The Good: Moments of humor, Acting, Character Development
The Bad: Plot, Predictability
The Basics: While it fails often in the clunky dramatic moments, the humor and character development in "Haven" make it worth viewing.
Taking a break from having so much attention on Captain Picard and Tasha Yar, who pretty well dominate the first three episodes of Star Trek The Next Generation, comes "Haven." "Haven" was produced rather early (as the fourth episode), but aired significantly later, as observed by the somewhat erratic order the DVDs are in. Out of order, the episode seems especially weak for such details as Deanna Troi referring to Commander Riker as "Bill" (later she adopted the nickname "Will," like everyone else on the Enterprise). "Haven" is pretty much the classic "a-plot/b-plot" storyline and while the plot is a bit dull, pointless, and predictable, it still delivers one of the first Star Trek The Next Generation episodes worth watching.
While in orbit around the planet Haven (not, it's important to notice, Heaven), Counselor Troi receives word that the arranged marriage that was planned for her as a child has come time to occur. Not at all excited, Troi reluctantly meets Wyatt, her fiance, who goes a bit of a ways to alleviating her fears about the experience. Then, Troi's mother, Lwaxana, appears and Troi's life is made far more complicated. Add to that that a plague ship from a race thought long dead appears in orbit around Haven and threatens the population of the peaceful planet with its very presence. Troi's life, complicated by her mother, is also plagued by her unresolved feelings for Commander Riker, who is forced to deal with those feelings himself. As the marriage approaches, the Enterprise seeks a peaceful solution for the victims of the plague ship, which conveniently involves Wyatt.
And you know it's first season Star Trek The Next Generation" by the fact that the tractor beam is used on the plague ship as opposed to firing warning shots or such. The first season of Star Trek: The Next Generation is largely an odyssey of philosopher kings. Here we see a planet that has no defense systems and that's a worthwhile concept and the menace of a ship carrying a disease is a very real threat. It's a pretty tidy episode and there's not a lot to recommend it, except . . .
. . . Well, it's funny. And the humor stands up over repeated viewings. The interactions between Lwaxana and Wyatt's parents are downright funny and easily outshine the dramatic moments. Lwaxana is the embodiment of the free spirit (though ironically, she clings to many of the conservative traditions of her planet, which is very progressive) while Wyatt's mother is especially conservative. So, for example, the dinner scene where both families are interacting, becomes a humorous conflict between conservative and liberal philosophies and the show pulls it off fairly well.
Add to that that the characters are good. Troi faces - what she believes - is a real dilemma and she handles it with realism, like a person, instead of a character on a television show. So while we, the viewer, have a pretty good idea that Troi will be back next week not married to Wyatt, Troi doesn't appear to. In fact, as Troi deals with the ramifications of leaving the Enterprise, she makes some of the compelling arguments (outside "our parents arranged it") for leaving the ship, which lends some credibility to the character journey. As well, Troi adapts to the resolution of the episode with some realism and the viewer has the impression the character is actually feeling something.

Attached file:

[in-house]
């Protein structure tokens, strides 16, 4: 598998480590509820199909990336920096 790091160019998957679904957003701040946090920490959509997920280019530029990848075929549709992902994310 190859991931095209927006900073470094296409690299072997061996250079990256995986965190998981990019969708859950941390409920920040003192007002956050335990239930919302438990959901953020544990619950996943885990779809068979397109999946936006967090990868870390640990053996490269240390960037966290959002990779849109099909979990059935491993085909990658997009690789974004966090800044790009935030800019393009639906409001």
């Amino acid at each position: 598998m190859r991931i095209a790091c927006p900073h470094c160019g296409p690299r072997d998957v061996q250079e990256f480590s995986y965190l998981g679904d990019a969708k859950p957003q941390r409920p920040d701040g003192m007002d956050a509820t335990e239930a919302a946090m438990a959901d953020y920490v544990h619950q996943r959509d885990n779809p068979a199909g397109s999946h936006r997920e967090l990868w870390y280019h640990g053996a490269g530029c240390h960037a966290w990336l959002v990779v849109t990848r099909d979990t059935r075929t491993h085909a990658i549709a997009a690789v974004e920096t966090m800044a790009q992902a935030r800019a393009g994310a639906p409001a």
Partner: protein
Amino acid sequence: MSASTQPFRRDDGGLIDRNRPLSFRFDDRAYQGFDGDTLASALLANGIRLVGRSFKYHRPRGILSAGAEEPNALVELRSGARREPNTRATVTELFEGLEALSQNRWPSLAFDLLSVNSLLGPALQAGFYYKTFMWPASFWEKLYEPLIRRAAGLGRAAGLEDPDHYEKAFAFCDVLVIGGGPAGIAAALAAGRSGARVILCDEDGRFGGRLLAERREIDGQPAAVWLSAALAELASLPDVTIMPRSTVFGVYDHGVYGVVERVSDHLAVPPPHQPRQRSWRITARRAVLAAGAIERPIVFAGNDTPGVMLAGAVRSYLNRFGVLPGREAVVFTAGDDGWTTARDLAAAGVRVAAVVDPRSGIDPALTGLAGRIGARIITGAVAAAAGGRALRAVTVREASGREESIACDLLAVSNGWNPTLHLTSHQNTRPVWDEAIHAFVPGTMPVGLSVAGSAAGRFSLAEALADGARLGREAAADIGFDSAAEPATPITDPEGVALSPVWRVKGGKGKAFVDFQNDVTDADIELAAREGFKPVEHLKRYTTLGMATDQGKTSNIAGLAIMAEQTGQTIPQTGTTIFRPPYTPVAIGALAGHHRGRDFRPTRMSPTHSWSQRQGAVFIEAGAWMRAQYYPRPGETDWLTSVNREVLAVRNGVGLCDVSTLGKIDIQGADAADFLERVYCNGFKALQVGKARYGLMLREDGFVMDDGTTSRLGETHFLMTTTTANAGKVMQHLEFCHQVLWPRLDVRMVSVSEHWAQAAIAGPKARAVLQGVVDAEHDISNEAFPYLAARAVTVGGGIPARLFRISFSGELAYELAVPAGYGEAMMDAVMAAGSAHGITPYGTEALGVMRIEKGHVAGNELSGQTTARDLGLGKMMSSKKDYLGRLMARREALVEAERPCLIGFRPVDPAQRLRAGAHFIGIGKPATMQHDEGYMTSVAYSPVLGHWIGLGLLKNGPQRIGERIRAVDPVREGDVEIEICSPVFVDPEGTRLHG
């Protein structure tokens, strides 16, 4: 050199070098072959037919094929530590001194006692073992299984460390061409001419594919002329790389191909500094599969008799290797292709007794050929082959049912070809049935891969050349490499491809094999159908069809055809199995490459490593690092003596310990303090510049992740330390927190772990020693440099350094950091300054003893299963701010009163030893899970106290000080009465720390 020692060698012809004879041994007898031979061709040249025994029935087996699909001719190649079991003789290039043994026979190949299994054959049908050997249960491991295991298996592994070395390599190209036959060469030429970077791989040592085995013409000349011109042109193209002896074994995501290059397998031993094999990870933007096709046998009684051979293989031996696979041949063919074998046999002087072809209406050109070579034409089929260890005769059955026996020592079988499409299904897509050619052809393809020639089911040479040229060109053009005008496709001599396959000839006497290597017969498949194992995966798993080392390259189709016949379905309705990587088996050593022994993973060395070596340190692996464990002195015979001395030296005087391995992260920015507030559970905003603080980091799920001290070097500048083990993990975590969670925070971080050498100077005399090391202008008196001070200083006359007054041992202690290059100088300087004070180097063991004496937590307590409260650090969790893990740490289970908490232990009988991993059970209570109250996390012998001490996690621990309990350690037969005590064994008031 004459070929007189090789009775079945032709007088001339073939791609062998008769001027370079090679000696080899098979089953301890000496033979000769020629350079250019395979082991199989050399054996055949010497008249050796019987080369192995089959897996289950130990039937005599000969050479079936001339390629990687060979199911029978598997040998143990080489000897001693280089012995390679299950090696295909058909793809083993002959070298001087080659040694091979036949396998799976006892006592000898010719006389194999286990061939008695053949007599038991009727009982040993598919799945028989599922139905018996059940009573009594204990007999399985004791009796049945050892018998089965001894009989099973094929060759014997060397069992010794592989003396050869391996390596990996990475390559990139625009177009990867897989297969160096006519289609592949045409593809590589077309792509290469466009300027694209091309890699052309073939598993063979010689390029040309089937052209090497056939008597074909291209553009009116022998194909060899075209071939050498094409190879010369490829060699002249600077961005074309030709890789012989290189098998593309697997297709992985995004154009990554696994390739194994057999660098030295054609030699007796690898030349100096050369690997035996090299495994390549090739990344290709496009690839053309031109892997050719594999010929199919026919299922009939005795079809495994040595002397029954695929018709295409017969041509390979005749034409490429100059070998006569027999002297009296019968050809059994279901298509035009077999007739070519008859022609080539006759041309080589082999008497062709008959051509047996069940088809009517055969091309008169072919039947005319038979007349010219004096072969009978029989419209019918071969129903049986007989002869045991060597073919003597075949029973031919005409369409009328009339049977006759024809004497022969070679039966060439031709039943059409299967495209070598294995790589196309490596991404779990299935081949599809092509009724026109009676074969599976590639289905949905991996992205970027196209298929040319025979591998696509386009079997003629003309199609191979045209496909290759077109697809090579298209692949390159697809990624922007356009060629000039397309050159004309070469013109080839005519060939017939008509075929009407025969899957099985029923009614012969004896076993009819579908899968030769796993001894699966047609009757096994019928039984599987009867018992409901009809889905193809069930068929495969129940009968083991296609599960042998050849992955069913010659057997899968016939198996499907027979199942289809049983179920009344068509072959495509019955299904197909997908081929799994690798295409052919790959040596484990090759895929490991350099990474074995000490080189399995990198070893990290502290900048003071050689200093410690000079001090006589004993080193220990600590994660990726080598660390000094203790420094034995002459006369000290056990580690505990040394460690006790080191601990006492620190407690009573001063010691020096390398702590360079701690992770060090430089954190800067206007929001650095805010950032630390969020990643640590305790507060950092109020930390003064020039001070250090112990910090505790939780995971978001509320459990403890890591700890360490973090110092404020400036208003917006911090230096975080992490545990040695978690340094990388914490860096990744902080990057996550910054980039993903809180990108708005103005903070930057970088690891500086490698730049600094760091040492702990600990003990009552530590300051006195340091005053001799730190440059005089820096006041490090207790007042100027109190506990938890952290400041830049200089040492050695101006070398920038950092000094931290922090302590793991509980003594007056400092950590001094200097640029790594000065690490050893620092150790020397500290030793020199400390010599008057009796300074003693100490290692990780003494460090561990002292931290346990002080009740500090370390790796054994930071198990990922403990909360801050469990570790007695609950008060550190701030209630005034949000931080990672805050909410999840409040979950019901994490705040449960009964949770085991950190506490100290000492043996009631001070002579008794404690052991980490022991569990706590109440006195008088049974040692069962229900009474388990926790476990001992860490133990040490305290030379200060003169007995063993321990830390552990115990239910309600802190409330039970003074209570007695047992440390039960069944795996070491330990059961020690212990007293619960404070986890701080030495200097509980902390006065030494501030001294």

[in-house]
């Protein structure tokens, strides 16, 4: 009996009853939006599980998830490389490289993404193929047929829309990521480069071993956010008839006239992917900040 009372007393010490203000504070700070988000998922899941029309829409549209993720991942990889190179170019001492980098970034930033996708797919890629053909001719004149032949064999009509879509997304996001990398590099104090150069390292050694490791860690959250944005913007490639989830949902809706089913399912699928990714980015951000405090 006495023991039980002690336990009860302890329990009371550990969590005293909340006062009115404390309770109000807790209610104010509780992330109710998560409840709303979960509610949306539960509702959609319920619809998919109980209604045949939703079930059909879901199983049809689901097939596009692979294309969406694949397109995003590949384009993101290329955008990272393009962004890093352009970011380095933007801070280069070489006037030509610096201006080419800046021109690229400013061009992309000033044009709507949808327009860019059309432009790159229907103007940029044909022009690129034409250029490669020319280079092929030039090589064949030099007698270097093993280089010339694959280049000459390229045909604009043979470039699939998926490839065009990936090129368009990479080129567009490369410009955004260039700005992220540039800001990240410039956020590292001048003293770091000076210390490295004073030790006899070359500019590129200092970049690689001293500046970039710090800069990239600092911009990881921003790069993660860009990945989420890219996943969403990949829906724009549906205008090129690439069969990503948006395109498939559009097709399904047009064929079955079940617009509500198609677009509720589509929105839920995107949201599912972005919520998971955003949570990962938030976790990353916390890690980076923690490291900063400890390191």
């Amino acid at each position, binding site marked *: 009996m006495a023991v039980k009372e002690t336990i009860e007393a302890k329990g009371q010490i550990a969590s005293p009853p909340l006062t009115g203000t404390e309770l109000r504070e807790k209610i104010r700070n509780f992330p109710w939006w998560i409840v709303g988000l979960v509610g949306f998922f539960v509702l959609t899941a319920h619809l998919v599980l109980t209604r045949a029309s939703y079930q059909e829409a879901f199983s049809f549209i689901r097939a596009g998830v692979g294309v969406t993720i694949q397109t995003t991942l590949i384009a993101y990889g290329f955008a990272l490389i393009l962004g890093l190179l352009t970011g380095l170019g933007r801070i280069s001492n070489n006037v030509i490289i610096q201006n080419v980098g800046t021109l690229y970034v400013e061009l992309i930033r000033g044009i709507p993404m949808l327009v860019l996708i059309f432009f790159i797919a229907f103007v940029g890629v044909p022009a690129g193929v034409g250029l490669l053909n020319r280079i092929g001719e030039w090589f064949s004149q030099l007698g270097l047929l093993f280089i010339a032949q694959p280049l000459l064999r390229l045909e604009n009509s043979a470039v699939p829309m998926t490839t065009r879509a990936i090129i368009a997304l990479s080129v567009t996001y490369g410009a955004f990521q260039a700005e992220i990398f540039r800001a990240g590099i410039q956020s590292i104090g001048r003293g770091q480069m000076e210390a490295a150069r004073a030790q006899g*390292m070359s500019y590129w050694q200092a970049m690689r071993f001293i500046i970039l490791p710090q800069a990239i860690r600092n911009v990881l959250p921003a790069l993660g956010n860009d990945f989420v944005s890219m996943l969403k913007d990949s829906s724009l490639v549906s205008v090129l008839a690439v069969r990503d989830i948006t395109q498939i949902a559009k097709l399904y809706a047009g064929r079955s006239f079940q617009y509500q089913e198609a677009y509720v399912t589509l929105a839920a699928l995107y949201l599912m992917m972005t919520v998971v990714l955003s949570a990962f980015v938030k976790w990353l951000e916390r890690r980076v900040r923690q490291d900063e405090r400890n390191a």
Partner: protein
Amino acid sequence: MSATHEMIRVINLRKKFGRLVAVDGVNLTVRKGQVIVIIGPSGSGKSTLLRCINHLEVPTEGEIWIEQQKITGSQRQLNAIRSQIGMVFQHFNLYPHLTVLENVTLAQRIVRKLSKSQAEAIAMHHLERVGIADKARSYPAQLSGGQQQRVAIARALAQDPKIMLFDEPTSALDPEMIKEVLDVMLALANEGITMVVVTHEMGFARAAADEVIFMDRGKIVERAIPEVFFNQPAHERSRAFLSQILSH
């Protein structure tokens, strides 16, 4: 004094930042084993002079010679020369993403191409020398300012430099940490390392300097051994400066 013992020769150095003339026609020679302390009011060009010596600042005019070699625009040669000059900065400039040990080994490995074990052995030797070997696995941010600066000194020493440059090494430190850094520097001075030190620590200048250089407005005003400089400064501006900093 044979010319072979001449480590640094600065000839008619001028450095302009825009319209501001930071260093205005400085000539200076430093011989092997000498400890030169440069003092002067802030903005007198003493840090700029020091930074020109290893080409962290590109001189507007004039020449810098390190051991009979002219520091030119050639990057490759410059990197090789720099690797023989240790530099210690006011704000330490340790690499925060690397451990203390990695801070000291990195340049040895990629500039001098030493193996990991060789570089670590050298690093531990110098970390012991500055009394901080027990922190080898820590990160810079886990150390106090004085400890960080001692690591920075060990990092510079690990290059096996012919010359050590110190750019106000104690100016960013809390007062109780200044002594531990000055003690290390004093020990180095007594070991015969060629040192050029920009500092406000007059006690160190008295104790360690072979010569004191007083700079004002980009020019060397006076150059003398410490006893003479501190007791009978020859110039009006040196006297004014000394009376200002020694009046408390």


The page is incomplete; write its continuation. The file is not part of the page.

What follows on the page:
Part of that credit deserves to go to Marina Sirtis, who plays Troi. She breathes life into an otherwise absurd part in the first opportunity she has had to do something other than declare what others are feeling. It's a welcome change. Sirtis plays Deanna Troi as realistically conflicted and there are moments she changes her whole body language to sell the transformations and dilemmas her character is going through. As well, she wonderfully expresses herself without speaking when Troi sees her mother. I've never seen an actress who can roll their eyes with their body language like Sirtis can.
Other acting kudos must go to Majel Barrett Roddenberry, who plays Lwaxana Troi. She plays her with such precision and annoyance that it's easy to see why Troi gets so upset with her. Majel is kooky as Lwaxana and her over-the-top portrayal makes the character. In short, Roddenberry gives the strong sense that Lwaxana has a history long before this episode. We get the impression, from her performance, that Lwaxana has been elsewhere before, annoying other people. She conveys this with the ease with which the character comes to her. Her performance is dramatically different from her serious role of Number One in the pilot episode of Star Trek ("The Cage") and very different from her serious role on Babylon 5.
The nice thing is that this is the first time the relationship that Troi and Riker had before the series began is explored. Faced with Wyatt, Riker must suddenly either make his move or prepare to lose Troi. It's nice to see the backstory explored. Part of what makes this episode worth seeing is that it moves the Riker-Troi backstory from something that is hinted at to something that becomes actionable, something to be explored in the future.
In all, "Haven" is a usually fun episode that is very accessible to anyone, as opposed to fans of Star Trek The Next Generation. And hey, if your ex-partner has an overbearing mother, this is a good episode to send them on their next birthday.
[Knowing that VHS is essentially a dead medium, it's worth looking into Star Trek: The Next Generation - The Complete First Season on DVD, which is also a better economical choice than buying the VHS. Read my review of the debut season by clicking here!
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© 2010, 2007 W.L. Swarts. May not be reprinted without permission.